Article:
Video and audio
If you are creating video or audio content for the web, it is essential to ensure that it is accessible to everyone. The Web Content Accessibility Guidelines (WCAG) 2.2 provide guidelines on how to make web content, including video and audio, accessible to people with disabilities.
Tips for creating accessible multimedia
- Provide captions and transcripts: One of the most important things you can do to make your video and audio assets accessible is to provide transcripts and captions. Captions are text versions of the audio that appears on screen within a video, and transcripts are separate text alternatives of the audio which are used for both audio and video assets. Pre-recorded video and audio files must have text transcripts available, preferably in a HTML format, or accessible plain text document. Including transcripts can be helpful to everyone at different times and can also help get your videos indexed by search engines.
- Use audio descriptions: Audio descriptions are additional audio tracks that describe the visual content of a video. They provide a way for people who are blind or have low vision to understand what is happening on the screen. Audio descriptions should be used for any visual-only information.
- Provide alternative formats: It is essential to provide alternative formats of your video and audio content. This can include audio-only versions of videos, as well as transcripts and captions in alternative formats such as braille or large print. Providing alternative formats ensures that people with a wide range of disabilities can access your content.
- Ensure clear audio: Clear audio is essential for people who are hard of hearing or have difficulty understanding spoken words. Make sure that the audio in your video is clear and that there is no background noise or other audio distractions. If there are any parts of the audio that are difficult to understand, consider using captions or transcripts to provide additional information.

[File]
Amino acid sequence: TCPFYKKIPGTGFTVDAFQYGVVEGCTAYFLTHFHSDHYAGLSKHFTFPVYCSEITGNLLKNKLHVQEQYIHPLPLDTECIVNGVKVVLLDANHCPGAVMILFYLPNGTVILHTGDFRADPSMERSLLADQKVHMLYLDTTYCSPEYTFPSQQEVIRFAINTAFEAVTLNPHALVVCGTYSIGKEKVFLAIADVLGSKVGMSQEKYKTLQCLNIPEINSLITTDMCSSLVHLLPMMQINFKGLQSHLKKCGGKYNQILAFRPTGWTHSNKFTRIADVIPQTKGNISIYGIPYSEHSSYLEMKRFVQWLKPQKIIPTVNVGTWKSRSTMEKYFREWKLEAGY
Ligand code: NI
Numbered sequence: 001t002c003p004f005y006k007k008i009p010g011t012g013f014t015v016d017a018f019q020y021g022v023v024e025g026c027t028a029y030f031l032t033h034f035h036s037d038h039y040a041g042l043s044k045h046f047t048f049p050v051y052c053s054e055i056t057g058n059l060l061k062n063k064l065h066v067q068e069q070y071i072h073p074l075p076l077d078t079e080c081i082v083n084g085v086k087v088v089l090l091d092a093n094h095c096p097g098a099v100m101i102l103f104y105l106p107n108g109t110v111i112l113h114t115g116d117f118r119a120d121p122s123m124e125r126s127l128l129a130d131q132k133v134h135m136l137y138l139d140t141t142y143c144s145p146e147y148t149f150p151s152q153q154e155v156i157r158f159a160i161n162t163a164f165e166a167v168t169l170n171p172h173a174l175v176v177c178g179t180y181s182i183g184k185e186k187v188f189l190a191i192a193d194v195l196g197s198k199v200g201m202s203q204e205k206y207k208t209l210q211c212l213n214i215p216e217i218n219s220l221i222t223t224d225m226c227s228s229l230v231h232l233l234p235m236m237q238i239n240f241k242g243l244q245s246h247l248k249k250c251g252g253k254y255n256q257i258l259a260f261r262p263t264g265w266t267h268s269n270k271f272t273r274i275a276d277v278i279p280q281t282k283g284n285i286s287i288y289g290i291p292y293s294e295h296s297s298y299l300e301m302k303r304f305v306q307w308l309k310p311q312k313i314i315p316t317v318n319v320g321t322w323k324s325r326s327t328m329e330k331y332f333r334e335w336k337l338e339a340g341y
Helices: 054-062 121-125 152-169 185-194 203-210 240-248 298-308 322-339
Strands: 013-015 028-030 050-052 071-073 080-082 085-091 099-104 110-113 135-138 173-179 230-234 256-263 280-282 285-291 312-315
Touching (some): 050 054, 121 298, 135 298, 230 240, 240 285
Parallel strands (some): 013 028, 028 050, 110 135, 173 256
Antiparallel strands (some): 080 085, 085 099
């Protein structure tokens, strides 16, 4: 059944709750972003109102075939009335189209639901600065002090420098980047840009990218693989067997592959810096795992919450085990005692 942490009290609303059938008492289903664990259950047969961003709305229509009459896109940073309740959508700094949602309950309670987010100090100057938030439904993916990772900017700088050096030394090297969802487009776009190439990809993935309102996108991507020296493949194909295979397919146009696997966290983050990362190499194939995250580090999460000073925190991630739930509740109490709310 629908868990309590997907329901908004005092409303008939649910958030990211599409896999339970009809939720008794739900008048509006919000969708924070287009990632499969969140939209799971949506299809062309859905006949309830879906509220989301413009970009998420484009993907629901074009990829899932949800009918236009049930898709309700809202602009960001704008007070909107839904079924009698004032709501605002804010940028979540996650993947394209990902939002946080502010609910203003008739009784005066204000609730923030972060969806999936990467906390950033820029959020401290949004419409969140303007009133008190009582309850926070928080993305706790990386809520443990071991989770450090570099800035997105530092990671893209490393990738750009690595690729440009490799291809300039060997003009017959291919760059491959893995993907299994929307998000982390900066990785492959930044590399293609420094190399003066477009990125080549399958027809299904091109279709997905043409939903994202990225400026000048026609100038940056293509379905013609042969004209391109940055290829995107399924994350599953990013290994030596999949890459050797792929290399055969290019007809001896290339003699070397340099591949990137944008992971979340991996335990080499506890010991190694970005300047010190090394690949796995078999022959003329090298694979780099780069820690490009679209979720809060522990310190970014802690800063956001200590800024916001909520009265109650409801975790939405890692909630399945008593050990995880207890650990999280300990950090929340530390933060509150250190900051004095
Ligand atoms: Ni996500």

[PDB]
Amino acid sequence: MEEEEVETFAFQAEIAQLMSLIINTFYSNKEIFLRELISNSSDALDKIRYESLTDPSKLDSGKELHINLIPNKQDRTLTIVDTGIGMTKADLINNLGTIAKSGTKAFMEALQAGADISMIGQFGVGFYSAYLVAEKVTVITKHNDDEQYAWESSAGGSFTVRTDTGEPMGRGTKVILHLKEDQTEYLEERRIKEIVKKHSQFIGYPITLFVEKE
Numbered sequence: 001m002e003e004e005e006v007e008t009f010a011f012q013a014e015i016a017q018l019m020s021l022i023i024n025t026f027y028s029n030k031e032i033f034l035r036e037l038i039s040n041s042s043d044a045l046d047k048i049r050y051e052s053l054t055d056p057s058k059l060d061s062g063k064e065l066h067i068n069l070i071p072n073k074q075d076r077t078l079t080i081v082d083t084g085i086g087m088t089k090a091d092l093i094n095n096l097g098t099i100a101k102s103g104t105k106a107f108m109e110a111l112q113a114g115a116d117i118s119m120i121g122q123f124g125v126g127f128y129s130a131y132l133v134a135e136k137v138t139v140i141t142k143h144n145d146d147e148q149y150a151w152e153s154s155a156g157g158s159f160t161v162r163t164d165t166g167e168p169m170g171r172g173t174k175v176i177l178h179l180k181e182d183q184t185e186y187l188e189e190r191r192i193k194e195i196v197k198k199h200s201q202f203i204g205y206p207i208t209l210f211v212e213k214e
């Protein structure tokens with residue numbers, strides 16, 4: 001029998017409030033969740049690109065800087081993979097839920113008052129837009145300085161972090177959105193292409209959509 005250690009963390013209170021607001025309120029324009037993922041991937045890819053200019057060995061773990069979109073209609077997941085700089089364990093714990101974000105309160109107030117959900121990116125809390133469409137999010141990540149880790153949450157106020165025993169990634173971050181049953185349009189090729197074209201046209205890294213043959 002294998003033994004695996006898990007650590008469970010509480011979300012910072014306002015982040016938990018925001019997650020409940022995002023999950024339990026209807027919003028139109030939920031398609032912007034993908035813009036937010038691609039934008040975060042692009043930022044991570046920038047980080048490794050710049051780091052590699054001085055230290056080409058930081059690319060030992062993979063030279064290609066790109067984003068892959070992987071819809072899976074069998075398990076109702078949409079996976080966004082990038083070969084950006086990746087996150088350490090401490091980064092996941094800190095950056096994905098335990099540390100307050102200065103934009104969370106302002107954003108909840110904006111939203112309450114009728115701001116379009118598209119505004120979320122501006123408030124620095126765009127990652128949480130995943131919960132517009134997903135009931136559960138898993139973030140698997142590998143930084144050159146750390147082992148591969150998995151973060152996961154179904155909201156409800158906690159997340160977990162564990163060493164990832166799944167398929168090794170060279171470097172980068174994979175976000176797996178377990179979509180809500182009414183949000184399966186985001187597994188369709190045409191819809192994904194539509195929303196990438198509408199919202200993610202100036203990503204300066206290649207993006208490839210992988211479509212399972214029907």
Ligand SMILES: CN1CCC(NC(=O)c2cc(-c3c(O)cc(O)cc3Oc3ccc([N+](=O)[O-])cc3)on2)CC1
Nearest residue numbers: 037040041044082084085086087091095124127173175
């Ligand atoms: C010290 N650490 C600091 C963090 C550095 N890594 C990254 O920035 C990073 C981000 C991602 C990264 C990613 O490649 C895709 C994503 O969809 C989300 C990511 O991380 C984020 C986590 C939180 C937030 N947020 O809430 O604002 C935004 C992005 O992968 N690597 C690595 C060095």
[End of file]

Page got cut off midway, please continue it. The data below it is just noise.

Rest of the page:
- Use accessible media players: Make sure that the video/audio players you use are accessible to everyone. This includes providing keyboard shortcuts for controlling the video player, as well as ensuring that the player is compatible with screen readers and other assistive technologies.
- Avoid fast-flashing content: Flashing content in videos should be avoided or if included due diligence should be taken to ensure it meets the three-flashes-or-below threshold. Do not use videos that have more than three flashes within a period of 1 second, as this can provoke seizures in some users with seizure disorders.
- Manually review all videos, and video players.
- Check audio player is accessible and can be used through keyboard navigation.
- Check if closed captioning is provided and the video player supports captions being toggled on or off.
- Ensure captions are accurate and line up with the speech/audio in the video.
- Provide a HTML or plain text transcript as a text alternative for your video.
- Manually review all audio files, and audio players.
- Ensure audio is clear and understandable.
- Check audio player is accessible and can be used through keyboard navigation (play, pause, rewind etc).
- A HTML or plain text transcript must be provided as a text alternative for your audio files.